If Comic-Con isn’t the leading exclusive geek con anymore, what is (if there is one at all)?
Serdar: The TED Talks. :D
Jason: Having just returned from five days of pure geek bliss at SDCC, let me tell you that in every possible way, Comic-con is about as perfect a convention for geeks of all shapes and sizes as you possibly find. It doesn’t matter if you’re a sci fi geek, game geek, movie and TV geek, even a geek for many mainstream things, it’s all about living and loving your inner geek. There’s nothing in the world like it for being in geek heaven.
Ewen: If I were to try to pick just one I’d probably have to say PAX, for size (70,000+ attendees), scope (ostensibly a video game con, but it covers just about everything), and quality (by all accounts it’s run very well). But there are so many different ways to be a geek that I don’t think any one convention can really be in the lead for all of them. There’s anime and tabletop gaming related stuff at PAX (and Comic-Con for that matter), but geeks interested in those things could be better served by, say, Anime Central or Gen Con Indy. Also I suspect I’m a little atypical for how much large crowds dampen my enjoyment of a convention, but some of the cons that are just plain good are also the ones that are small enough to be intimate and manageable. I can have a whole lot of fun at a small event while completely dodging the rush to register, the hours spent in lines, and the tortured logistics of getting around San Diego (or Indianapolis, Atlanta, downtown Los Angeles, etc.) that arise when the big convention is in town.
Bonnie: I don’t think there really is one that encompasses all of geekery, because geekery itself is so diverse. You have WorldCon for literary sci-fi, Anime Expo for Asian-based fandoms, PAX for gaming, etc. The ideal geek con is whatever meets the congoer’s individual needs.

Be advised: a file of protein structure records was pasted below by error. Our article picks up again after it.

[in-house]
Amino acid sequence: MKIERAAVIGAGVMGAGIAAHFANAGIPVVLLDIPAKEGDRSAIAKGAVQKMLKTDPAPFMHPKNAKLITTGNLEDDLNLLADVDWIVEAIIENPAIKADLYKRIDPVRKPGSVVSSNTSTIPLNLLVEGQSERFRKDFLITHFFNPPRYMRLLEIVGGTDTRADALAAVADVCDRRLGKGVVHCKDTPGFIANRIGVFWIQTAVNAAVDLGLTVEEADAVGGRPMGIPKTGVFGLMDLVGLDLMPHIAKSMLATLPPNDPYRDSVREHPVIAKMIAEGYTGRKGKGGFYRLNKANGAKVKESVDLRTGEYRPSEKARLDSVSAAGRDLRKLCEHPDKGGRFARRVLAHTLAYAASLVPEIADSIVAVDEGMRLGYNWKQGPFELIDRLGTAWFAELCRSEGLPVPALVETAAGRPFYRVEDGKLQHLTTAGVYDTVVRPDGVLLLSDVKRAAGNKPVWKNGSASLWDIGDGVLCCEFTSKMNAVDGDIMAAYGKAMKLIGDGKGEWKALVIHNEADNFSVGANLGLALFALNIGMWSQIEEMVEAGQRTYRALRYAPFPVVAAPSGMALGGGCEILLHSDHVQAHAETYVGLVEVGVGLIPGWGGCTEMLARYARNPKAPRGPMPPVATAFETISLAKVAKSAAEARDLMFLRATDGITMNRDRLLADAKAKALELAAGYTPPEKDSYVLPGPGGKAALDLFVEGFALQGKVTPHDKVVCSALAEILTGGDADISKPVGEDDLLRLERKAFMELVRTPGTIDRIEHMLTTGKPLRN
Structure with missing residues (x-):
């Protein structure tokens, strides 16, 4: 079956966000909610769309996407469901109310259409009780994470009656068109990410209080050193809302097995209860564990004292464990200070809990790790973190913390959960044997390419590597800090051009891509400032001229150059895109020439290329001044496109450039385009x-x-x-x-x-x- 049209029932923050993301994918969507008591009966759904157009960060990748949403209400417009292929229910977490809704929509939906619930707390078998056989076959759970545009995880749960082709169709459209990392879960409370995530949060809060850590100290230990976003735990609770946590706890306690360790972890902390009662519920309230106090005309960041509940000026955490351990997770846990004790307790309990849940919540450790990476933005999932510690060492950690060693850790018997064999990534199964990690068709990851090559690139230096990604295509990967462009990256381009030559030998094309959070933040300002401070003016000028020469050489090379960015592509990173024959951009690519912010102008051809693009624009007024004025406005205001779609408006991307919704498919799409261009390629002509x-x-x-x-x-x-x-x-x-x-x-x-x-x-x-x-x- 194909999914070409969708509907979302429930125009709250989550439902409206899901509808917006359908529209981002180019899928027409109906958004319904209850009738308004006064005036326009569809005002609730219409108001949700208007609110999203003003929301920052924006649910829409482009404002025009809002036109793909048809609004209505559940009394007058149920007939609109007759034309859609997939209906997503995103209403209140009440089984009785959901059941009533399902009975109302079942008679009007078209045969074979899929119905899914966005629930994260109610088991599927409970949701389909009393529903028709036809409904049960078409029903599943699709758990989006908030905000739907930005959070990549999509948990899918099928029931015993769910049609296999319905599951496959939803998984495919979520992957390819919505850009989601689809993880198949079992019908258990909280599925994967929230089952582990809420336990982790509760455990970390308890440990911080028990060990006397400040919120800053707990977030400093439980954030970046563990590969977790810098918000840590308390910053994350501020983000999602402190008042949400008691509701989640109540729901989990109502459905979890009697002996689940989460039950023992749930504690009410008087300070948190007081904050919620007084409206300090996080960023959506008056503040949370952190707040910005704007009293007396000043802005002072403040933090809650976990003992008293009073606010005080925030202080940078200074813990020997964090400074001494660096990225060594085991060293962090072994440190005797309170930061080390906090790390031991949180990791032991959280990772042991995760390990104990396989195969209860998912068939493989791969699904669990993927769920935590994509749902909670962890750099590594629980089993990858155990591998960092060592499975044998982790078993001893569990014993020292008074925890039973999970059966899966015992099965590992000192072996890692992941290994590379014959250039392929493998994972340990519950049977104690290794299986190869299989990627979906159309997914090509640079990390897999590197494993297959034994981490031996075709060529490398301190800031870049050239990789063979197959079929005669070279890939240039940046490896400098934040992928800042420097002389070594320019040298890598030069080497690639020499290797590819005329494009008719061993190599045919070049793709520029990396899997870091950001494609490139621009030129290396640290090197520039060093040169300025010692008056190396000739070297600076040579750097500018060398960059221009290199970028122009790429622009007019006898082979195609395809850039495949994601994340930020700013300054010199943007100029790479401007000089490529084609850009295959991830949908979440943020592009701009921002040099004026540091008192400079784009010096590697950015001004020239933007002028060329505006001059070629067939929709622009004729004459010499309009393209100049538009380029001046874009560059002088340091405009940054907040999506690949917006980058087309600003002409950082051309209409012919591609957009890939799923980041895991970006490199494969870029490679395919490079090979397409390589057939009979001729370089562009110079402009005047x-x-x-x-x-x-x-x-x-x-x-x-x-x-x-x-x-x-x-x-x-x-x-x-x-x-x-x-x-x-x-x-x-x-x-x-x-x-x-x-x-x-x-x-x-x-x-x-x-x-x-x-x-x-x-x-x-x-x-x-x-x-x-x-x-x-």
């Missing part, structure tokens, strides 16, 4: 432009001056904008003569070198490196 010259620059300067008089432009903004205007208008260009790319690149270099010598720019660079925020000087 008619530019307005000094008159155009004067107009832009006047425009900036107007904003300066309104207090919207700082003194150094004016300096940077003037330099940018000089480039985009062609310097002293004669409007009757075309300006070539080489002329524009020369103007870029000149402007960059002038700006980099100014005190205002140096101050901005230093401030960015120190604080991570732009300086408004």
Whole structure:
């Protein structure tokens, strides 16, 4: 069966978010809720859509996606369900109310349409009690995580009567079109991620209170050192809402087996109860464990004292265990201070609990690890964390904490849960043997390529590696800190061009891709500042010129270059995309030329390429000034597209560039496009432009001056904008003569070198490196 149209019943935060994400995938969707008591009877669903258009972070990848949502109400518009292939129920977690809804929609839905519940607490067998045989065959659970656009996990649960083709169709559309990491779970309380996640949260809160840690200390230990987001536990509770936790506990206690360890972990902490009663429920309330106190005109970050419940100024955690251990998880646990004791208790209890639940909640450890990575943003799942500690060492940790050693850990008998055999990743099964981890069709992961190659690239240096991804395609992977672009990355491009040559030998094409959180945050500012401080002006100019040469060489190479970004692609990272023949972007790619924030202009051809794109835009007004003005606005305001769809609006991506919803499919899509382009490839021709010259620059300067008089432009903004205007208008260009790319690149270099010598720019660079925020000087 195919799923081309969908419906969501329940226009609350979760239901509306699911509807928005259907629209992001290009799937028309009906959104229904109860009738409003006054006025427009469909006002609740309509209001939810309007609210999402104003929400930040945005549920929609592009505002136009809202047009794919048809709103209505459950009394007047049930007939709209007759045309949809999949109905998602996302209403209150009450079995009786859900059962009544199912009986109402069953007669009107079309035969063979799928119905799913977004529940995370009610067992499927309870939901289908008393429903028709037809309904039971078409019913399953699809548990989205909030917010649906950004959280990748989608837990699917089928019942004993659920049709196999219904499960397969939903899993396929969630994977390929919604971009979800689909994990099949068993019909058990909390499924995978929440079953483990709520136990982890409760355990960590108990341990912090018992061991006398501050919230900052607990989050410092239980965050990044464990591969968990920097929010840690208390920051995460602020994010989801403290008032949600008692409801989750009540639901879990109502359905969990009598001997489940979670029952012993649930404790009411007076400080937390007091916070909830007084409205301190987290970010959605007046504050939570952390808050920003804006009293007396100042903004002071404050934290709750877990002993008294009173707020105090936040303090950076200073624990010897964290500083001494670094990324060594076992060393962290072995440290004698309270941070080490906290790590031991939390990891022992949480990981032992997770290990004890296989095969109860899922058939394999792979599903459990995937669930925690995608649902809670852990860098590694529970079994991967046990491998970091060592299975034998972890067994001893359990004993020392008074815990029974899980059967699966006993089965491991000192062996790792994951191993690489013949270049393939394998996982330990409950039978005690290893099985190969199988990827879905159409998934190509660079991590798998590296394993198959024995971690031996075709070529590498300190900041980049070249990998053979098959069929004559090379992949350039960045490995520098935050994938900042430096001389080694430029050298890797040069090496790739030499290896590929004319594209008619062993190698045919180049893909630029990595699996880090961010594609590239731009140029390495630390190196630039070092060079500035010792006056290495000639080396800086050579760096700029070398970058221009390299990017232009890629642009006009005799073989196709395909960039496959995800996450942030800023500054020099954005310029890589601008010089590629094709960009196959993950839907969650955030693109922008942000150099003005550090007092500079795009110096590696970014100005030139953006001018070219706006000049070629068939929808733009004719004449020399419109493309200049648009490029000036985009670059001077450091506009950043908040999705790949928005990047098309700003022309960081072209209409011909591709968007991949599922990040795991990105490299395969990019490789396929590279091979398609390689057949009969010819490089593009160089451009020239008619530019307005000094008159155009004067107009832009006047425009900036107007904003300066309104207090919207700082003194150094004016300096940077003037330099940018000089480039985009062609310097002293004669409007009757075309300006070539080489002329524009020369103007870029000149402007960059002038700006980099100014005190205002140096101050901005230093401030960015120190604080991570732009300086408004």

Scott: I don’t think there’s any one exclusive geek con. Bonnie made a good point last week that the SDCC was becoming a gateway con, and that’s something cons are good for, introducing geeklings and protogeeks to others with similar interests and presenting a safe spot (i.e., no one is going to pick on them outright) for discovering the various aspects of fandom and geekdom. Even fans of properties that seem geeky but are outriders (like, say, Twilight) can be introduced to similar, better works that still fulfill the neo-fans’ wants. Cons work for all levels of interested, from the passive (viewing videos), to the social (room parties, panels), to the creative (cosplay for all ages!, fanfiction).
That said, and to going a complete 180 from the previous paragraph, tabletop gaming cons still have the geek niche. While the larger cons, such as GenCon (http://www.gencon.com) and Origins Game Fair (http://www.originsgamefair.com/), have panels and costumes, smaller gaming cons, in particular, CanGames (http://www.cangames.ca) remain focused on the gaming. Still, someone interested into getting into tabletop gaming (RPGs, wargaming, miniatures gaming, board games beyond Risk and Monopoly), these cons, especially if local, are a great way to learn games and meet people sharing the interest. And bringing people with the same interest together is what cons do best.